Most sequential logic circuits are driven by a clock oscillator. This usually consists of an astable circuit producing regular pulses that should ideally:
Many clock oscillators use a crystal to control the frequency. Because crystal oscillators generate normally high frequencies, where lower frequencies are required the original oscillator frequency is divided down from a very high frequency to a lower one using counter circuits.
It is the edges of the pulses that are important in timing the operation of many sequential circuits, the rise and fall times are usually be less than 100ns. The outputs of clock circuits will typically have to drive more gates than any other output in a given system. To prevent this load distorting the clock signal, it is usual for clock oscillator outputs to be fed via a buffer amplifier.
The signals produced by the clock circuits must have appropriate the logic levels for the circuits being supplied.
Fig 5.1.1 is probably the simplest oscillator possible, having only three components. Notice that the gate is a Schmitt inverter. This device has an extremely fast change over between logic states. Also the level at which it responds to an input change from 0 to 1 (Vt+) is higher than the level at which it changes from 1 to 0 (Vt-). The operation of the circuit is as follows.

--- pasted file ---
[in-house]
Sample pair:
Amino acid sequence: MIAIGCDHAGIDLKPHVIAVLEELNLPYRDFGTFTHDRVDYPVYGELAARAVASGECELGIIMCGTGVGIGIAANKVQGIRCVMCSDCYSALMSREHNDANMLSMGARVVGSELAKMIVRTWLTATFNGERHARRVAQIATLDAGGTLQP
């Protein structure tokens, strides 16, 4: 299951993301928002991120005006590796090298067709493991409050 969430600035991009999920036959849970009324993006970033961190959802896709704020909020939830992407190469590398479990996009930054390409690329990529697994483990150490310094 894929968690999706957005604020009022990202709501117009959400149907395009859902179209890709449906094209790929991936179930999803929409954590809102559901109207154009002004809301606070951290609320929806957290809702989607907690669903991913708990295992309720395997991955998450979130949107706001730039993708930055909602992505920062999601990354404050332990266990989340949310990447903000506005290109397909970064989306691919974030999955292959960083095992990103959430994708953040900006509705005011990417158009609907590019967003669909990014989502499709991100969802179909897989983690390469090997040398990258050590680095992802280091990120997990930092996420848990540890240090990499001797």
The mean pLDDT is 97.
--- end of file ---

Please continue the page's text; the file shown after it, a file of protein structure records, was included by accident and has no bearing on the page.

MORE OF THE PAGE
Suppose the gate input is at logic 0, because the gate is an inverter, the output must be at logic 1, and C will therefore charge up via R from the output. This will happen with the normal CR charging curve. Once Vt+ is reached at the gate input, the gate output will rapidly switch to 0. The resistor is now connected effectively between the positive plate of C and zero volts. Thus the capacitor now discharges via R until the gate input voltage reduces to Vt- when the output will change to logic 1 once more, starting the charging and discharging cycle over again.
This Schmitt RC oscillator can produce a pulse waveform with an excellent wave shape and very fast rise and fall times. The mark to space ratio, as shown in Fig 5.1.2 is approximately 1:3.
The frequency of oscillation depends on the time constant of R and C, but is also affected by the characteristics of the logic family used. For the 74HC14 the frequency (ƒ)is calculated by:
When using the 74HCT14 the 0.8 correction factor is replaced by 0.67, however either of these formulae will give an approximate frequency. Whichever logic family is used, the frequency will vary with changes in supply voltage. Although this basic oscillator gives an excellent performance in many simple applications, if a stable frequency is an important factor in the choice of clock oscillator, there are of course better options.